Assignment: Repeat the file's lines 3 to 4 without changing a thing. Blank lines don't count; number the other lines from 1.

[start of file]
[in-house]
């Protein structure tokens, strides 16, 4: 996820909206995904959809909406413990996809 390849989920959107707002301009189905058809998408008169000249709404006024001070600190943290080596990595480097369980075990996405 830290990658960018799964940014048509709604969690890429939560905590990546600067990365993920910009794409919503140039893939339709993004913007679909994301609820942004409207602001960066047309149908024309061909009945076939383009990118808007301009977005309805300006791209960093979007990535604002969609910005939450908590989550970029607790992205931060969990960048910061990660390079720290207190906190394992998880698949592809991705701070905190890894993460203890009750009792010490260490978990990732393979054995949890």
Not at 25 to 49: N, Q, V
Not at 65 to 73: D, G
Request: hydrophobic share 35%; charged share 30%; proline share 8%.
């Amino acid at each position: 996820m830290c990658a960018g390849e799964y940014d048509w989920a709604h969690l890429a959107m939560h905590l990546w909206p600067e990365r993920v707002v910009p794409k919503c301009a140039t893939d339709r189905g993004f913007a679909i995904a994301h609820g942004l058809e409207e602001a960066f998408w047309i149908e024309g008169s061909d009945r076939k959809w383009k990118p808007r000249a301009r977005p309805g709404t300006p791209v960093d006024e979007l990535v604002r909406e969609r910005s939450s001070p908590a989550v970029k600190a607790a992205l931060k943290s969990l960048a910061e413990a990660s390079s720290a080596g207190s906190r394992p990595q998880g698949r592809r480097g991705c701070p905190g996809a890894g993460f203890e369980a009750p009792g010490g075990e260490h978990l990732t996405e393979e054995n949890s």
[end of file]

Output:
Not at 25 to 49: N, Q, V
Not at 65 to 73: D, G